The Lincoln Medical and Mental Health Center in New York has notified over 130,000 patients that their personal and medical data was potentially exposed because several CDs containing it were lost. The disks disappeared while being transported from the billing processor to the hospital via FedEx.
The CDs apparently contained a wealth of information valuable to identity thieves. In a notification
about the incident posted on its website the hospital reveals that data included personally identifiable information (PII) like Social Security numbers, addresses, dates of birth, and even driver's license in some cases.
This information alone would be enough to open a credit line in the name of a patient, but unfortunately, the disks also contained associated medical data. This includes health plan numbers and descriptions of the medical procedures they underwent, opening the door to even more complex identity theft attacks.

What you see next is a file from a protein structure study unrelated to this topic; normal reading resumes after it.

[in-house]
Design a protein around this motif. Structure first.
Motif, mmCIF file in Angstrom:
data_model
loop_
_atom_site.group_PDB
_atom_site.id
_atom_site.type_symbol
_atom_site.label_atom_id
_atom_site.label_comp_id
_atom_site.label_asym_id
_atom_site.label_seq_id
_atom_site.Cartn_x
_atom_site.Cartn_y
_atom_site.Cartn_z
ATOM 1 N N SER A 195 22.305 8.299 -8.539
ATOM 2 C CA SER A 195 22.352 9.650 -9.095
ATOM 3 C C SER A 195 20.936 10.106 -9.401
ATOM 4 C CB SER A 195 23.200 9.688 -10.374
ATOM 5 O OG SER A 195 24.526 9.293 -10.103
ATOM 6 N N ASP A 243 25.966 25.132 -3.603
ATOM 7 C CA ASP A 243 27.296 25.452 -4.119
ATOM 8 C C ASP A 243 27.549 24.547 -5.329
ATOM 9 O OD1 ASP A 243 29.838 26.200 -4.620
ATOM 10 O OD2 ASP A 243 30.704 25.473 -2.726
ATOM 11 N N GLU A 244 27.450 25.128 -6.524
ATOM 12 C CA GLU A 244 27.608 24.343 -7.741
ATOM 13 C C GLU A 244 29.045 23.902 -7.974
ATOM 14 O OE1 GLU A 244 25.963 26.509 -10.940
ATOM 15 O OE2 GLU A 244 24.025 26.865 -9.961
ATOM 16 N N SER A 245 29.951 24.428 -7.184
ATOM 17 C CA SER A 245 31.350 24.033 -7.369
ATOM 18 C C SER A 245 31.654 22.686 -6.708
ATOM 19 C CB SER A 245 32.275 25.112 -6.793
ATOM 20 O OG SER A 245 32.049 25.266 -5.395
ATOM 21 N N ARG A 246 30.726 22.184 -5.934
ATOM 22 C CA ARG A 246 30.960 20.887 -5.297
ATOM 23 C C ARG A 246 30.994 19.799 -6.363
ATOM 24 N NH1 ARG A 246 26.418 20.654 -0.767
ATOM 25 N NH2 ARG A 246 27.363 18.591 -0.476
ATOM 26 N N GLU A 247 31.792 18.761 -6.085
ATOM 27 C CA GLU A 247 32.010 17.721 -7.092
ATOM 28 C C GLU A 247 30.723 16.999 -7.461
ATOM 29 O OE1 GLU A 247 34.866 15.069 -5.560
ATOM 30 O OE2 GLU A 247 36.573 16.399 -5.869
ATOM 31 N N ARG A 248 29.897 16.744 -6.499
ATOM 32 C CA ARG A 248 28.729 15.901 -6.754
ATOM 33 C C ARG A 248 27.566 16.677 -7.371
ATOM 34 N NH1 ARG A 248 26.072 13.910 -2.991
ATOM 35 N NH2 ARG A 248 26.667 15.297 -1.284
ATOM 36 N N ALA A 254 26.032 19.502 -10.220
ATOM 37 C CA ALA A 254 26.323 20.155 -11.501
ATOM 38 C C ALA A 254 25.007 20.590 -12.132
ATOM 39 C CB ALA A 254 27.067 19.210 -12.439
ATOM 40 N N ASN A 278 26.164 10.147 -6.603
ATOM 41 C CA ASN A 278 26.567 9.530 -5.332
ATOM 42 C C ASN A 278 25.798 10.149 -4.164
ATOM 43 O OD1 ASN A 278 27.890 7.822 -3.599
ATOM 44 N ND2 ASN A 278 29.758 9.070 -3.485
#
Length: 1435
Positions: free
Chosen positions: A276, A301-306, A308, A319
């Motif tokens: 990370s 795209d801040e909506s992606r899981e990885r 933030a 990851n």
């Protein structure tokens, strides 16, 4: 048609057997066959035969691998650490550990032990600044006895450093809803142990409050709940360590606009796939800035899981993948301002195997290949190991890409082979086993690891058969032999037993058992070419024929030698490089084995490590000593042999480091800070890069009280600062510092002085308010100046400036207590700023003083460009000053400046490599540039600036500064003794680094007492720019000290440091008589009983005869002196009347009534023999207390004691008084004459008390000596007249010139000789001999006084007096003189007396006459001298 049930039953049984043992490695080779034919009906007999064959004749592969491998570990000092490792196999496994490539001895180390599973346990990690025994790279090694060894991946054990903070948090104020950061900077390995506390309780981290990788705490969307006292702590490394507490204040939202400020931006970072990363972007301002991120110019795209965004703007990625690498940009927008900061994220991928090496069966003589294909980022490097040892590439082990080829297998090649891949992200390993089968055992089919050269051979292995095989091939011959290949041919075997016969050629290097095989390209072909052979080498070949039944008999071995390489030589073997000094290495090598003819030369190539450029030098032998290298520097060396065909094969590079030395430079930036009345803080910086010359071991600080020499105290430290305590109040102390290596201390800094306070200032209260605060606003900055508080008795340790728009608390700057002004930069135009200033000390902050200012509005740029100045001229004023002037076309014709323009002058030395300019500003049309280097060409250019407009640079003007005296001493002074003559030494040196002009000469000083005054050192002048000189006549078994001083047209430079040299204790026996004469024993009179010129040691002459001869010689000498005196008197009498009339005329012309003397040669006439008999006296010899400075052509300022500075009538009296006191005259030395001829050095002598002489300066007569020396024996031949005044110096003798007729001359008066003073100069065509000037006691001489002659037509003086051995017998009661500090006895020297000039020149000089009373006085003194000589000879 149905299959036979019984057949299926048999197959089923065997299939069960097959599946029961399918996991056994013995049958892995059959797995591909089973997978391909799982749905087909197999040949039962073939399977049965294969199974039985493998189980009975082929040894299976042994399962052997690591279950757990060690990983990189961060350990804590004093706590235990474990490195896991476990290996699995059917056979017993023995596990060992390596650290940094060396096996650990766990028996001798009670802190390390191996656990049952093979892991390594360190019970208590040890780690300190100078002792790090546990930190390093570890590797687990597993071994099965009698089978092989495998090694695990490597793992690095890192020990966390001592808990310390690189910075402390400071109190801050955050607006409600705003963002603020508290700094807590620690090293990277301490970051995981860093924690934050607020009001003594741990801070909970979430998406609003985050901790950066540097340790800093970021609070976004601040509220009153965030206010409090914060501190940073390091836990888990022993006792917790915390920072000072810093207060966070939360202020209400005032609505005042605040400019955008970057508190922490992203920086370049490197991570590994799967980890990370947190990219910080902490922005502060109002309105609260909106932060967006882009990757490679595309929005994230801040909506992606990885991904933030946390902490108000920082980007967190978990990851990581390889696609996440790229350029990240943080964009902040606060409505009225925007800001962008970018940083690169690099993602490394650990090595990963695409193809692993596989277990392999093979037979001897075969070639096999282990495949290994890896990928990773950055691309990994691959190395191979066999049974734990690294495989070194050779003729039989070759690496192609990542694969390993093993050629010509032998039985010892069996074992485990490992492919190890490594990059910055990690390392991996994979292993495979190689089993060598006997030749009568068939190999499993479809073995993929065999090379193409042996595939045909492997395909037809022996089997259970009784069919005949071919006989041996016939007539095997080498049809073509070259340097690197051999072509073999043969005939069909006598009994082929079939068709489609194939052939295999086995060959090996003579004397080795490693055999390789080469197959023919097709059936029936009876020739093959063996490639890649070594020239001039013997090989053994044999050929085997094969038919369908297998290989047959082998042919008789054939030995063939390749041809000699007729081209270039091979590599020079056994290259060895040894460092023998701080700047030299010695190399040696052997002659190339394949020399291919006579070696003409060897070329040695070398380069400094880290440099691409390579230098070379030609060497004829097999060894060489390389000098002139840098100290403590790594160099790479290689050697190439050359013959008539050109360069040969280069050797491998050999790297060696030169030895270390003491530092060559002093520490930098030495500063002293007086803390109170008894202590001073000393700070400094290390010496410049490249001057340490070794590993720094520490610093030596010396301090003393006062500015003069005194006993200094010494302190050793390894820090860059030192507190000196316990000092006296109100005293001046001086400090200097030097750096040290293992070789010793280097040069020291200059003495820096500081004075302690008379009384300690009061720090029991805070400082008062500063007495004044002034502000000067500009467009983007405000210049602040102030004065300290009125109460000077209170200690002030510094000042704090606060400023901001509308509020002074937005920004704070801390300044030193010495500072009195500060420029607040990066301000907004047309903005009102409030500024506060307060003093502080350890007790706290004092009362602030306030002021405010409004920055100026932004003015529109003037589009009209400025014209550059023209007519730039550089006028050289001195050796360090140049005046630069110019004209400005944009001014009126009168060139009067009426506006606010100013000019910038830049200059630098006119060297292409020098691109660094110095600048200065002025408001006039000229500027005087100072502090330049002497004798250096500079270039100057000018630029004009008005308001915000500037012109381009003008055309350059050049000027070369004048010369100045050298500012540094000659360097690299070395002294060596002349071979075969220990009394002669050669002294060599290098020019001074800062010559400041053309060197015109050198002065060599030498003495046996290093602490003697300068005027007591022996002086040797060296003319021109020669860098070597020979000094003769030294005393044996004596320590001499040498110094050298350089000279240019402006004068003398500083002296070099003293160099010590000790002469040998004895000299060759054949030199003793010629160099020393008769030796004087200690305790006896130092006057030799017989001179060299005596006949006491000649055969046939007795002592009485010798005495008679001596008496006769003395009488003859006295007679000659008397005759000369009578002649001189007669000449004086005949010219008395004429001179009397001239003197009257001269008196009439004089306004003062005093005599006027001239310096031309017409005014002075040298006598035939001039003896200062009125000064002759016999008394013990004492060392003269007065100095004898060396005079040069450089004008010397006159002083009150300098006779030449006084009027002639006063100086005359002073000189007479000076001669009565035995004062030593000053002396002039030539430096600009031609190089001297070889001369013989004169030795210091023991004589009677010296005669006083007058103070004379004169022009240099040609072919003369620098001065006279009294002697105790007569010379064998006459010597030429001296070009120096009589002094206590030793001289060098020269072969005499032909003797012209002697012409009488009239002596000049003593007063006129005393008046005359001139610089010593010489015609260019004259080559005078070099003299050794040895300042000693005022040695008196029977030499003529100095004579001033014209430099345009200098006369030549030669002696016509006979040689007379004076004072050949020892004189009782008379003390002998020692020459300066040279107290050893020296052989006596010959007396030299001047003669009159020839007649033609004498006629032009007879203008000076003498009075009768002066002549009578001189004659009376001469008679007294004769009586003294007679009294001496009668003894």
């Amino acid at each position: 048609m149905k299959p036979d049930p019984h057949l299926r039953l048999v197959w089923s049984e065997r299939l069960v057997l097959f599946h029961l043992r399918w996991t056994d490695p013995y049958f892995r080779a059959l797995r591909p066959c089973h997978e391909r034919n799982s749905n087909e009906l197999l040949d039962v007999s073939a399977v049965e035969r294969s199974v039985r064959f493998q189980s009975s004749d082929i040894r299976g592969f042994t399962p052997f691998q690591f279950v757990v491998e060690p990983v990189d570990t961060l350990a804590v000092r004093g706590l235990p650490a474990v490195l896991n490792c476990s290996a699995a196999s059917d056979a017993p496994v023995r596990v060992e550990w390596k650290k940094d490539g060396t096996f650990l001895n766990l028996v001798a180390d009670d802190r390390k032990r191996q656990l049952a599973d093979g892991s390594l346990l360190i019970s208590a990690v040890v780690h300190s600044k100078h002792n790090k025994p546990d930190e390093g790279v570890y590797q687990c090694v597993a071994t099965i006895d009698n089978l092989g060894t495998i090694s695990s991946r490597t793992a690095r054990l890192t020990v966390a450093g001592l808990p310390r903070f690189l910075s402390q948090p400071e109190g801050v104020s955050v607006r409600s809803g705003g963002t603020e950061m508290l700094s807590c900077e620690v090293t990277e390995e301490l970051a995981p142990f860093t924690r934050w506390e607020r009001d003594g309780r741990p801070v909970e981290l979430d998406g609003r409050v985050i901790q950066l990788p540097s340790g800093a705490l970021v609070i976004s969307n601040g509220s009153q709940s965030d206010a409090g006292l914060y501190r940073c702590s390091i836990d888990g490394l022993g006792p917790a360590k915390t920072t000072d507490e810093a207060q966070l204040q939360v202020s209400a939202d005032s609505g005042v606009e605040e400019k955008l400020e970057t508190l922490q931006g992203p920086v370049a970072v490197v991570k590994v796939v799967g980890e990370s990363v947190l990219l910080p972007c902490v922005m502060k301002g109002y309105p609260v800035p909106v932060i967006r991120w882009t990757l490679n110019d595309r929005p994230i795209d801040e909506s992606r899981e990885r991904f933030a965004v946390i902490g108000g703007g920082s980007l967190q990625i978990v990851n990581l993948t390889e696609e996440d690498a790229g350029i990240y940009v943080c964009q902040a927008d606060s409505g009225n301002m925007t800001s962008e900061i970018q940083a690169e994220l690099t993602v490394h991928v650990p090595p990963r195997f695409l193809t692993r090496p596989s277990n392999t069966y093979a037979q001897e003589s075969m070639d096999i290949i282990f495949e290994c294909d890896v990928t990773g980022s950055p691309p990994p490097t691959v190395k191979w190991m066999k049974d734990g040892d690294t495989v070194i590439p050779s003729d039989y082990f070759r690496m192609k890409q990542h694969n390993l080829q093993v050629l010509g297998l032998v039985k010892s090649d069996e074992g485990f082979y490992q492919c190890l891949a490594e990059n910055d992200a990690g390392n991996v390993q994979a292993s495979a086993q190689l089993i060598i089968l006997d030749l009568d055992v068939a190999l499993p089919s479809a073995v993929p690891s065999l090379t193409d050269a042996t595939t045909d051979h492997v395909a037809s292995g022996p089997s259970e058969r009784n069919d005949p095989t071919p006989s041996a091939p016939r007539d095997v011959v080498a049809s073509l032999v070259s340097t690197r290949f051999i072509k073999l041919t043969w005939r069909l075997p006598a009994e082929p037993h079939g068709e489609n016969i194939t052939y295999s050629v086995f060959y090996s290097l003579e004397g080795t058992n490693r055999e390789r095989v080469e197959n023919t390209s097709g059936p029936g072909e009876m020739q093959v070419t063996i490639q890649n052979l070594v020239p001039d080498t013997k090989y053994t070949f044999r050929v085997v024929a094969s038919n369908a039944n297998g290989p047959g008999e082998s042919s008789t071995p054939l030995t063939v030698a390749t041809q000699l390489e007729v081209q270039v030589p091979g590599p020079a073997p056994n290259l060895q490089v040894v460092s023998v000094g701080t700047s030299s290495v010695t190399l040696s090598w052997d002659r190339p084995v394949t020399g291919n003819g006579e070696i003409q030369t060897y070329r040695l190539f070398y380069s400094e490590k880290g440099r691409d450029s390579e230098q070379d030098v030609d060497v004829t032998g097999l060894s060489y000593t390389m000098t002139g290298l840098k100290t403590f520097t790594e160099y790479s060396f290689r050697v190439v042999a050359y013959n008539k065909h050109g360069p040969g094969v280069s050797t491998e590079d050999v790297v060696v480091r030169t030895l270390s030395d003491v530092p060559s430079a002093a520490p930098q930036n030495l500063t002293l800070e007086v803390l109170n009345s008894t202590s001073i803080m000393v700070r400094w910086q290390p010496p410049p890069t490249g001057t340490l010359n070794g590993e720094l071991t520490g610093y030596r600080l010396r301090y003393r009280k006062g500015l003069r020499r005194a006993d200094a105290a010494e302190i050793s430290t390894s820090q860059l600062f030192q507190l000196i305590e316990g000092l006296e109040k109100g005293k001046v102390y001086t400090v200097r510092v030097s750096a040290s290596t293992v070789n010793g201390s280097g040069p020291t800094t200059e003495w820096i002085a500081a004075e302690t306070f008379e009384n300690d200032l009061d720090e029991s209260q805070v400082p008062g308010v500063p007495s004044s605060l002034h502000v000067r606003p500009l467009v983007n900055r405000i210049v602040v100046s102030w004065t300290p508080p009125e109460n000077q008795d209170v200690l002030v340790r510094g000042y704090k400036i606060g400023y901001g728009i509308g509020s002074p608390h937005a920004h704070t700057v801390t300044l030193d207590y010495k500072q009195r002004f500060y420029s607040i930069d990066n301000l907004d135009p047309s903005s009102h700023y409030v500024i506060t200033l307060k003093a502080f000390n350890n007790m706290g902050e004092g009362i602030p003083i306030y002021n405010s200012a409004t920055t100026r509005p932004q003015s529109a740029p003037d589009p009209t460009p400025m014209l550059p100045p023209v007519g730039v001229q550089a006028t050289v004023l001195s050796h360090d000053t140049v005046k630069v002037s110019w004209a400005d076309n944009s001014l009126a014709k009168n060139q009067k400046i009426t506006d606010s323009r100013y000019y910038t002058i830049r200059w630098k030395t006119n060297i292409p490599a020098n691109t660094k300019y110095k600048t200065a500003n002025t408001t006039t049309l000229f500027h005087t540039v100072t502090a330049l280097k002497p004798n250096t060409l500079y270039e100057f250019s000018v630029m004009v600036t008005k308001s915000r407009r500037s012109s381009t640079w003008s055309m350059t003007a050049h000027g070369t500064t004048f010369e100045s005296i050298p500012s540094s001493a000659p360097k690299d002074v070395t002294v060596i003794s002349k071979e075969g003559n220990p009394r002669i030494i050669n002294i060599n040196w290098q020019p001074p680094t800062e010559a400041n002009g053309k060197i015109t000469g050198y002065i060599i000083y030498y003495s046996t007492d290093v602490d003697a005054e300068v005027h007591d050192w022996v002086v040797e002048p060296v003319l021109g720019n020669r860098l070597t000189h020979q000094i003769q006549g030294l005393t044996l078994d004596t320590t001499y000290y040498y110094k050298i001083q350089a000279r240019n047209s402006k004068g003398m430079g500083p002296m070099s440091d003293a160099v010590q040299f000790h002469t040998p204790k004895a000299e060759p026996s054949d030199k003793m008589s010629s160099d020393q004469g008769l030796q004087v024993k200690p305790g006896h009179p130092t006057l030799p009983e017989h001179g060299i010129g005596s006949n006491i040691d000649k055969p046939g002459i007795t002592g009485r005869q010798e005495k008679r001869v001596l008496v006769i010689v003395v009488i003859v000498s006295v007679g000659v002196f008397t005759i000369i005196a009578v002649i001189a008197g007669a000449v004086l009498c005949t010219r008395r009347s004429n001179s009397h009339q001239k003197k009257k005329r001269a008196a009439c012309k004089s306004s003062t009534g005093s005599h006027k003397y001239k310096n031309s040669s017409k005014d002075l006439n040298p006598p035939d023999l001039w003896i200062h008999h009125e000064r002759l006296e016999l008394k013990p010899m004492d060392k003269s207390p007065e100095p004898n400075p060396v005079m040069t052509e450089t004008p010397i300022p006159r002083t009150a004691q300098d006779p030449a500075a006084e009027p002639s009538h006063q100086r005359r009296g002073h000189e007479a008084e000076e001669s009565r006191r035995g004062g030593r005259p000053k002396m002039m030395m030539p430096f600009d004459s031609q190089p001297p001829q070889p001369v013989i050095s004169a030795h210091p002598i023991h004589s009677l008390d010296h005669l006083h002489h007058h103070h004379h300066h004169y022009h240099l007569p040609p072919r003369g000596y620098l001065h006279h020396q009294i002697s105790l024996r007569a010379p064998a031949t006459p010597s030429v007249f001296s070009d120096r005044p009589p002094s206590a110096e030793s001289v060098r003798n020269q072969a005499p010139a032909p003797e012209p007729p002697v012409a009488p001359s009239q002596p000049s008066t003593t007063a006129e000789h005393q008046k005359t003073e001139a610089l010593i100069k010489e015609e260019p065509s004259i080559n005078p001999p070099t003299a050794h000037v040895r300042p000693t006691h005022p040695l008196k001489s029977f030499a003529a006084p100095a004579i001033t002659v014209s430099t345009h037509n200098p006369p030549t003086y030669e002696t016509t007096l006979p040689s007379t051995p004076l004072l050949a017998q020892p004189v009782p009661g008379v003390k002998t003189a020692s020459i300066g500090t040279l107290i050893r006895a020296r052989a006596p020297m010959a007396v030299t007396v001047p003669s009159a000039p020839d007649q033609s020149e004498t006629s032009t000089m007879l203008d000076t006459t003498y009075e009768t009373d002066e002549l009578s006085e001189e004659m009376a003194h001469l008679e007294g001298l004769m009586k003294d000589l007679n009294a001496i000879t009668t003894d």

According to Lincoln Hospital the CDs originated from one of its contractors, Siemens Medical Solutions USA, which shipped them through FedEx, as every other week. It is also noted that since the incident occurred, new policies have been put into place which require Siemens to stop sensitive data via carriers.
The hospital mentioned that the data was password-protected, but did not reveal any specifics about the technology used. However, since the hospital notified the U.S. Department of Health and Human Services about the incident, it can be reasonably concluded that the data was not properly encrypted. This is because regulations
covering the breach of health information only requires entities to provide notifications if the data "has not been rendered unusable, unreadable, or indecipherable to unauthorized individuals through the use of a technology or methodology specified by the Secretary in guidance."
According to a note
on the U.S. Department of Health and Human Services website, the Lincoln Hospital breach affects 130,495 individuals. The letter sent by the hospital to its patient contains instructions on how to protect themselves against identity theft and how to obtain free credit reports.You can follow the editor on Twitter @lconstantin